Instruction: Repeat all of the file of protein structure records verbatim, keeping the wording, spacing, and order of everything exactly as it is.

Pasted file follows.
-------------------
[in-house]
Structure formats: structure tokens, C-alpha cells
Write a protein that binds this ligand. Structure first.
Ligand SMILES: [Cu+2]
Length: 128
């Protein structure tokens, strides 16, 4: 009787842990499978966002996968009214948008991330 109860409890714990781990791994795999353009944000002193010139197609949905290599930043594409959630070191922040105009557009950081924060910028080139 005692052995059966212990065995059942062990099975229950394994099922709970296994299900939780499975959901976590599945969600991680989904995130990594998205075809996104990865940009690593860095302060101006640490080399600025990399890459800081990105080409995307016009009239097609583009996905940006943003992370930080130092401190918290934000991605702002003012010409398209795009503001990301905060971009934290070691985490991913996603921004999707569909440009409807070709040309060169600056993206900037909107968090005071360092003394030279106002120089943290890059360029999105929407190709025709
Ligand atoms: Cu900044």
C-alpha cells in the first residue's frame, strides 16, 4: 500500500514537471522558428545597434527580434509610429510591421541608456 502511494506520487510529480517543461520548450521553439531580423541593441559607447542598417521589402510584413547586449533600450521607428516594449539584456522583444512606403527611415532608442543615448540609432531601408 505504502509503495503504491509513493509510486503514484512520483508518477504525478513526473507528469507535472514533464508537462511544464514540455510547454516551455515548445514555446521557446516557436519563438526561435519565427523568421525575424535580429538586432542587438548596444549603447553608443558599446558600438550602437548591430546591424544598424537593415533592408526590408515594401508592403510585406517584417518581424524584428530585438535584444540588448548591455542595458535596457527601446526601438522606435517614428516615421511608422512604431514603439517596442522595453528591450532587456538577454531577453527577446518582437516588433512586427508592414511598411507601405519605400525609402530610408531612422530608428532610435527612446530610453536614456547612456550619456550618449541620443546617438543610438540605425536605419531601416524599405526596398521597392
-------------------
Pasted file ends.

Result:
[in-house]
Structure formats: structure tokens, C-alpha cells
Write a protein that binds this ligand. Structure first.
Ligand SMILES: [Cu+2]
Length: 128
């Protein structure tokens, strides 16, 4: 009787842990499978966002996968009214948008991330 109860409890714990781990791994795999353009944000002193010139197609949905290599930043594409959630070191922040105009557009950081924060910028080139 005692052995059966212990065995059942062990099975229950394994099922709970296994299900939780499975959901976590599945969600991680989904995130990594998205075809996104990865940009690593860095302060101006640490080399600025990399890459800081990105080409995307016009009239097609583009996905940006943003992370930080130092401190918290934000991605702002003012010409398209795009503001990301905060971009934290070691985490991913996603921004999707569909440009409807070709040309060169600056993206900037909107968090005071360092003394030279106002120089943290890059360029999105929407190709025709
Ligand atoms: Cu900044």
C-alpha cells in the first residue's frame, strides 16, 4: 500500500514537471522558428545597434527580434509610429510591421541608456 502511494506520487510529480517543461520548450521553439531580423541593441559607447542598417521589402510584413547586449533600450521607428516594449539584456522583444512606403527611415532608442543615448540609432531601408 505504502509503495503504491509513493509510486503514484512520483508518477504525478513526473507528469507535472514533464508537462511544464514540455510547454516551455515548445514555446521557446516557436519563438526561435519565427523568421525575424535580429538586432542587438548596444549603447553608443558599446558600438550602437548591430546591424544598424537593415533592408526590408515594401508592403510585406517584417518581424524584428530585438535584444540588448548591455542595458535596457527601446526601438522606435517614428516615421511608422512604431514603439517596442522595453528591450532587456538577454531577453527577446518582437516588433512586427508592414511598411507601405519605400525609402530610408531612422530608428532610435527612446530610453536614456547612456550619456550618449541620443546617438543610438540605425536605419531601416524599405526596398521597392